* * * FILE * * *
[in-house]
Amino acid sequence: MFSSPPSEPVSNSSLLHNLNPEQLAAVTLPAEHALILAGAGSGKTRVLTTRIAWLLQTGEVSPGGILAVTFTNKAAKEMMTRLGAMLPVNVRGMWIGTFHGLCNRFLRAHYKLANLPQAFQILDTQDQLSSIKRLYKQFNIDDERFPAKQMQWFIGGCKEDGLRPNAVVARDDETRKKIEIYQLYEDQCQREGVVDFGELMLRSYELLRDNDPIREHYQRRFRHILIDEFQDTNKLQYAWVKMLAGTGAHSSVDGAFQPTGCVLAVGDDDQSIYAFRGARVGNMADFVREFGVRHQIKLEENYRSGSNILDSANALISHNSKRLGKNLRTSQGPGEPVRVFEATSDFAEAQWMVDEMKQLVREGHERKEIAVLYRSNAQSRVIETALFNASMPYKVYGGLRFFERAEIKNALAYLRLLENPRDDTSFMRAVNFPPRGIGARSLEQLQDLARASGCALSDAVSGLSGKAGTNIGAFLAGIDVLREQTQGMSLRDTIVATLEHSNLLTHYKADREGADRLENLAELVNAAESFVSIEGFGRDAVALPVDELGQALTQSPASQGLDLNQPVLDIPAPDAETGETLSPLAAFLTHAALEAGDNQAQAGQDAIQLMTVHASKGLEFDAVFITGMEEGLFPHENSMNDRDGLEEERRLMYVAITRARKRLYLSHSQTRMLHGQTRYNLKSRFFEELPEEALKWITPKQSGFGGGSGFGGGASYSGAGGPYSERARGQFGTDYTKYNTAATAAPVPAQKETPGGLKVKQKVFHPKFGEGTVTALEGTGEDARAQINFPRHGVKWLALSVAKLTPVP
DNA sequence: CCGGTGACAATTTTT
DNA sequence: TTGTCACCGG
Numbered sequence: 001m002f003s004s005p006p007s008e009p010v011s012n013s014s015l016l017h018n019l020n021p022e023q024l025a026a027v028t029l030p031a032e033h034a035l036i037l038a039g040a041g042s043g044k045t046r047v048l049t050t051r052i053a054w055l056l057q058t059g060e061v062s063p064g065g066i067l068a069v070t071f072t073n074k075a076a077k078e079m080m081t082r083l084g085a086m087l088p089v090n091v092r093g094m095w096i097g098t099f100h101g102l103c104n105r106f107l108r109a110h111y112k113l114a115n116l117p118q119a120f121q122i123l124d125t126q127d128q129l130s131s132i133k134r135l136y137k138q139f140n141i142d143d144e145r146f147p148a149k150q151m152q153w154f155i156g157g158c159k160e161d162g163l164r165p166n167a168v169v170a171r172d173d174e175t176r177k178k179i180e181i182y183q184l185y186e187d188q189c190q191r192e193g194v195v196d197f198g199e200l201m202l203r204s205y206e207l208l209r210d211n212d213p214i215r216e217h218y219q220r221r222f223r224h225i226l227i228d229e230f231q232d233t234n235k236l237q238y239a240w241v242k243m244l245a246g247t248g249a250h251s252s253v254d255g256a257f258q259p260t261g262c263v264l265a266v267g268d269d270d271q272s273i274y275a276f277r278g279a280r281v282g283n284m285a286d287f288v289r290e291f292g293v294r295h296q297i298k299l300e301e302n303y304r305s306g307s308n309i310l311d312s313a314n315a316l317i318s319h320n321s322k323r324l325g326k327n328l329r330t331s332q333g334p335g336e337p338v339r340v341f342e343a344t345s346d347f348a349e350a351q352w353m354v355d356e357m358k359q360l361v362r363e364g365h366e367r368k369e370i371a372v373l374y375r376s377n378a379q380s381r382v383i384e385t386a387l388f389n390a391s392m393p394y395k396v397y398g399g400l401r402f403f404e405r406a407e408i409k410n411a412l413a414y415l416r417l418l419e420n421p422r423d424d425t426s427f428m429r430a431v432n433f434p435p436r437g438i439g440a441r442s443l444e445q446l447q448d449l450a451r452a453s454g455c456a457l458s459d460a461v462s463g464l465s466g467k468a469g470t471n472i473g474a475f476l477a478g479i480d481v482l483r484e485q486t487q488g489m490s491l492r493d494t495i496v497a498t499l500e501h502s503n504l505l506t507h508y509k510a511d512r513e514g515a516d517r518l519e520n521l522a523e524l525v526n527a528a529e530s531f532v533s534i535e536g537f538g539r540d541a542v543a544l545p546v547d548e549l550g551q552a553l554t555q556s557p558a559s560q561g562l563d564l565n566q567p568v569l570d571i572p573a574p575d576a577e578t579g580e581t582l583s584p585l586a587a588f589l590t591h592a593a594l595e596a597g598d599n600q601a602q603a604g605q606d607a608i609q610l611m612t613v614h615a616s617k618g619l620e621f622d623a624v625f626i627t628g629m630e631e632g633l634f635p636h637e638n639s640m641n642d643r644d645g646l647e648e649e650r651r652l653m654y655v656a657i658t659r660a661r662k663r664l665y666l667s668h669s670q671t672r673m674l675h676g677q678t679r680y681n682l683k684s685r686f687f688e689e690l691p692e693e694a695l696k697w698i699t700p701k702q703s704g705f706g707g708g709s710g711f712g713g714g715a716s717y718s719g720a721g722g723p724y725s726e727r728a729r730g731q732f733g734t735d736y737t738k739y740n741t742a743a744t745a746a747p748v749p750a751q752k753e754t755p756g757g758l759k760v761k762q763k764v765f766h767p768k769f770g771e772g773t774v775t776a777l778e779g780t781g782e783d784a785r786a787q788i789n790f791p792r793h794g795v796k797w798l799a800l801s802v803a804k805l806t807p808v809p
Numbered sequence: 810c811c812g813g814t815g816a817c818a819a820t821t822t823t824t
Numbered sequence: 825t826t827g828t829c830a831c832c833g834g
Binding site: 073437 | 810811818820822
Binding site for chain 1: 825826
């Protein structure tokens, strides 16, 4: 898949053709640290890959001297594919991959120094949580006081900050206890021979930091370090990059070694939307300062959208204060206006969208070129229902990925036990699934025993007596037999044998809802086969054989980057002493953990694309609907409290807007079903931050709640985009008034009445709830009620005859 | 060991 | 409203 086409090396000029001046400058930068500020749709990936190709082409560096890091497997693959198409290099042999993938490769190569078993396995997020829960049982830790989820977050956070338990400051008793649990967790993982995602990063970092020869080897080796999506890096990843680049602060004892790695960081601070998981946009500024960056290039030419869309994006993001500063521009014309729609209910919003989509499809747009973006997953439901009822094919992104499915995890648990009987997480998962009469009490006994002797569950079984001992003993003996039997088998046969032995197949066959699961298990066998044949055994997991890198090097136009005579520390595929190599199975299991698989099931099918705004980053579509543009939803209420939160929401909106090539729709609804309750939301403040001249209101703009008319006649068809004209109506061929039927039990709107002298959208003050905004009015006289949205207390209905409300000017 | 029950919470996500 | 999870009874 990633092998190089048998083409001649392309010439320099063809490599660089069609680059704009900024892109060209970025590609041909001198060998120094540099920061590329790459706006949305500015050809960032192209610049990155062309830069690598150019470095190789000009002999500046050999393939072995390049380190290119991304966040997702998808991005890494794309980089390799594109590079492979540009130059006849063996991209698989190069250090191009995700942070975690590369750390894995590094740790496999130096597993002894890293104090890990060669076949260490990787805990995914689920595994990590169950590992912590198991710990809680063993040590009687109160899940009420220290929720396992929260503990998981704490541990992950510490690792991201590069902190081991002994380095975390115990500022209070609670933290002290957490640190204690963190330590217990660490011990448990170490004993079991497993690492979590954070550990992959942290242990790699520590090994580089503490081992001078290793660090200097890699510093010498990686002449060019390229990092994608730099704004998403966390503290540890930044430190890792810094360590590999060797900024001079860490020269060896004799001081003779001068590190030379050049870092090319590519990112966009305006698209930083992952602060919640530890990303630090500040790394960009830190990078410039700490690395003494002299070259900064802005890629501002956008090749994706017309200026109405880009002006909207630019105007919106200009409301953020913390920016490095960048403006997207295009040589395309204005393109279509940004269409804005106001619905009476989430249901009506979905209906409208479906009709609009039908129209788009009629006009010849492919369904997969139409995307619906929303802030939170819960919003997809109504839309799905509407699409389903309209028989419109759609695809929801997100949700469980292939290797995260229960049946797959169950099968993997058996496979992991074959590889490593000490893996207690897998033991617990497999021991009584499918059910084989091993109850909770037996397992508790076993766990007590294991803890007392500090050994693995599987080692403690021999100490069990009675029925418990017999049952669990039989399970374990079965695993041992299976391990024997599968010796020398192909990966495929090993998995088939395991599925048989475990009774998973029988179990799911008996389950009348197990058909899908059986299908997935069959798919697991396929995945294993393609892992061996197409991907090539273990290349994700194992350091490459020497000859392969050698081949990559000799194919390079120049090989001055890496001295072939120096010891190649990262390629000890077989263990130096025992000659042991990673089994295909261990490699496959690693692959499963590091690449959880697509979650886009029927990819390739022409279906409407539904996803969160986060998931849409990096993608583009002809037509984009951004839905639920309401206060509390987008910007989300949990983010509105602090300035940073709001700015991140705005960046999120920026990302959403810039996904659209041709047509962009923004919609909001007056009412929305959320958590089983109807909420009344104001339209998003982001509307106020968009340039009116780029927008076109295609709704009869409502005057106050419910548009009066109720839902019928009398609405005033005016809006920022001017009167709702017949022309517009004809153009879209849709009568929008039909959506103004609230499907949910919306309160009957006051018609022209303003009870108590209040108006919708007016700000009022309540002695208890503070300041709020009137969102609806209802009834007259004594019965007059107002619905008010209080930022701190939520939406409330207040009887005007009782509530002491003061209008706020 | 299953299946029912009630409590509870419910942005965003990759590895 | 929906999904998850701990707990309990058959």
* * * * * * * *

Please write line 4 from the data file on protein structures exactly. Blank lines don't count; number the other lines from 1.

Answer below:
DNA sequence: TTGTCACCGG